Get Outside: Hannah’s perspective

Have any of you been feeling cooped up during this COVID-19 epidemic? If so, then you are not alone. I have always been one to be out and about, never sitting still long enough to allow myself to become bored. The only thing that would keep me from being active would be if somehow everything came to a halt and I was forced to stay inside. 

Enter COVID-19. 

This pandemic flipped my daily routines and limited the places that I could go and the people that I could see. It completely shifted the paradigm of what our daily lives look like in America. The changes were enough to fill me with anxiety as to how I could keep from going bananas in my tiny apartment (mind you, shared with a fiancé and a German Shepherd that compete for who is the loudest). Luckily for me and the two above, the outdoors could not be fully shut down. 

Research conducted by Stanford University suggests that time spent outdoors has a positive impact on your mental health. Reducing anxiety and boosting your mood, improved cognitive functioning, memory, ability to focus and creativity are all benefits that have been linked to spending time in nature (Bratman, Daily, Levy and Gross, 2015). Therefore, it has been essential for me to budget a portion of my day to God’s creation.

First, little bit of backstory: My fiancé and I LOVE to travel. It has always seemed that we are more often in other states than we are in our own apartment! While travel restrictions due to the pandemic have put cross-nation adventures on hold, we have recently discovered the abundance of outdoor activities in our own backyard of Waco, Texas. 

We have traveled to Cameron Park, home of some of the best mountain biking trails in central Texas. We have visited Tonkawa Falls in Crawford Texas, where my fiancé and I like to boulder on the 15-foot-high limestone walls. We have also done our fair bit of time at Lake Belton and Lake Whitney, where the sunsets on the water rival the great masterpieces of Michelangelo. But most importantly, these day trips have transported us to the sense of normalcy that we have all been striving for in these trying times. 

Taking day trips like the ones described above is something that everyone can. If this interests you, it is important to keep some practical tips in mind. Before taking your trip, make sure to pack enough water and snacks to avoid having to stop in a store. Try not to use public restrooms, but if needed be sure to wear your mask properly over mouth and nose, wash hands thoroughly with soap and water and always keep hand sanitiser with you. I suggest bringing your own chairs or blanket to sit on rather than sitting on a park bench. My fiancé and I have purchased a small battery- operated fan as well as sunscreen in order to protect ourselves from the heat and sun. It is also important to choose your routes carefully when outdoors by starting earlier in the day and to upholding social distancing by remaining 6 feet apart from others.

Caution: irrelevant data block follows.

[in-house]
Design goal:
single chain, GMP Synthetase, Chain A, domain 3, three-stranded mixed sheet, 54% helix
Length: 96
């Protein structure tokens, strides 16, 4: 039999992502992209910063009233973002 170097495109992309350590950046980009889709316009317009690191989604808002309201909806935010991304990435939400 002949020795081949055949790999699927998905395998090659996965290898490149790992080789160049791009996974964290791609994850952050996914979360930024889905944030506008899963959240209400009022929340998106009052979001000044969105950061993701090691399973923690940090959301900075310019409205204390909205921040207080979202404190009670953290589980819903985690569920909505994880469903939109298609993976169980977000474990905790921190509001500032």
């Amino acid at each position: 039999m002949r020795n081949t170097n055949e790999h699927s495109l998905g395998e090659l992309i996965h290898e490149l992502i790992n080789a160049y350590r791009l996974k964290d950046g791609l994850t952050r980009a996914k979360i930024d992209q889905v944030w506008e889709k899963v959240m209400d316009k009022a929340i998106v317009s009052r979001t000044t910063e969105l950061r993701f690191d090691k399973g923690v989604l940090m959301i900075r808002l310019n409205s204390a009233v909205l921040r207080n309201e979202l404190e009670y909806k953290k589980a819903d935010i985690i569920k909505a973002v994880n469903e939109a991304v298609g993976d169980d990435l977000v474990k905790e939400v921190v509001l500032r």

Maybe the most important thing about the outdoors is summed up by Dr. Lynne Kostiuk, a registered psychologist. “Nature goes at a completely different pace than what we’ve created for ourselves nowadays,” she says. “It slows us down, lets us pay attention to different things, and let go of others. It gives us a chance to just enjoy ‘being’. (Lumino, 2020) Let’s face it: The world around us has been turbulent at best. 

We could all use the little down and perspective that only nature can provide us to be reminded that this too shall pass. 


Bratman, G., Daily, G., Levy, B. and Gross, J., 2015. The benefits of nature experience: Improved affect and cognition. Landscape and Urban Planning, 138, pp.41-50. 2020. Lumino. [online] Available at: 

mental-health?language=en_US> [Accessed 10 July 2020]. 2020. Cameron Park, Points Of Interest – Parks & Recreation – City Of Waco, Texas. [online] Available at: < parksandrecreation/page.aspx?> [Accessed 10 July 2020]. 


Author: Hannah Sykora (@HannahSykora1) i

Bio: Hannah is currently a graduate student at the University of Texas at Tyler, where she is studying to become an Occupational Therapist. Hannah enjoys her passions of travel and being with family as often as time allows.


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